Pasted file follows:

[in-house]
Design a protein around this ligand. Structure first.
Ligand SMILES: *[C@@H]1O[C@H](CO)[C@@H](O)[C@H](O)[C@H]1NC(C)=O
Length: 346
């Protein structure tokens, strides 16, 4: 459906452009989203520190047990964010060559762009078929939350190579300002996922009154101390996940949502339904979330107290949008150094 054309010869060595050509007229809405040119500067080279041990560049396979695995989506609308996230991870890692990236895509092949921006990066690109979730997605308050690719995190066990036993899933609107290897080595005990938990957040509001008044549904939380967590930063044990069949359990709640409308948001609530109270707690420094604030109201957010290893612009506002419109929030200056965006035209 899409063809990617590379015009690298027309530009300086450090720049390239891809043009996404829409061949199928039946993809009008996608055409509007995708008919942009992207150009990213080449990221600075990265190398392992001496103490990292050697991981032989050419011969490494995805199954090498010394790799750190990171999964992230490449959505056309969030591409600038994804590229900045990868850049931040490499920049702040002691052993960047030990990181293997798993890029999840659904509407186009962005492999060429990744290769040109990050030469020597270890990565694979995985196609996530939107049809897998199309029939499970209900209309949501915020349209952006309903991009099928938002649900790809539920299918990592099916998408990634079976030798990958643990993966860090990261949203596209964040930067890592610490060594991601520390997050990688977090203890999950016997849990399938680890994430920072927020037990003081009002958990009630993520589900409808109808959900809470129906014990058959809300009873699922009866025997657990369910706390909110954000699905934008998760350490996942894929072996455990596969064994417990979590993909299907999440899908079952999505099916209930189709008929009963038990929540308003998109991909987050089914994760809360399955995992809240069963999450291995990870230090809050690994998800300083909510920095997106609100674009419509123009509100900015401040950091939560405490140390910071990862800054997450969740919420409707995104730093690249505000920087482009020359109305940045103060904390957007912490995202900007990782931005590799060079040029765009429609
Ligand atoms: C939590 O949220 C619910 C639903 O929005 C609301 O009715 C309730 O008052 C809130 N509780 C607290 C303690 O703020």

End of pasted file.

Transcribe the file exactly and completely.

[in-house]
Design a protein around this ligand. Structure first.
Ligand SMILES: *[C@@H]1O[C@H](CO)[C@@H](O)[C@H](O)[C@H]1NC(C)=O
Length: 346
């Protein structure tokens, strides 16, 4: 459906452009989203520190047990964010060559762009078929939350190579300002996922009154101390996940949502339904979330107290949008150094 054309010869060595050509007229809405040119500067080279041990560049396979695995989506609308996230991870890692990236895509092949921006990066690109979730997605308050690719995190066990036993899933609107290897080595005990938990957040509001008044549904939380967590930063044990069949359990709640409308948001609530109270707690420094604030109201957010290893612009506002419109929030200056965006035209 899409063809990617590379015009690298027309530009300086450090720049390239891809043009996404829409061949199928039946993809009008996608055409509007995708008919942009992207150009990213080449990221600075990265190398392992001496103490990292050697991981032989050419011969490494995805199954090498010394790799750190990171999964992230490449959505056309969030591409600038994804590229900045990868850049931040490499920049702040002691052993960047030990990181293997798993890029999840659904509407186009962005492999060429990744290769040109990050030469020597270890990565694979995985196609996530939107049809897998199309029939499970209900209309949501915020349209952006309903991009099928938002649900790809539920299918990592099916998408990634079976030798990958643990993966860090990261949203596209964040930067890592610490060594991601520390997050990688977090203890999950016997849990399938680890994430920072927020037990003081009002958990009630993520589900409808109808959900809470129906014990058959809300009873699922009866025997657990369910706390909110954000699905934008998760350490996942894929072996455990596969064994417990979590993909299907999440899908079952999505099916209930189709008929009963038990929540308003998109991909987050089914994760809360399955995992809240069963999450291995990870230090809050690994998800300083909510920095997106609100674009419509123009509100900015401040950091939560405490140390910071990862800054997450969740919420409707995104730093690249505000920087482009020359109305940045103060904390957007912490995202900007990782931005590799060079040029765009429609
Ligand atoms: C939590 O949220 C619910 C639903 O929005 C609301 O009715 C309730 O008052 C809130 N509780 C607290 C303690 O703020």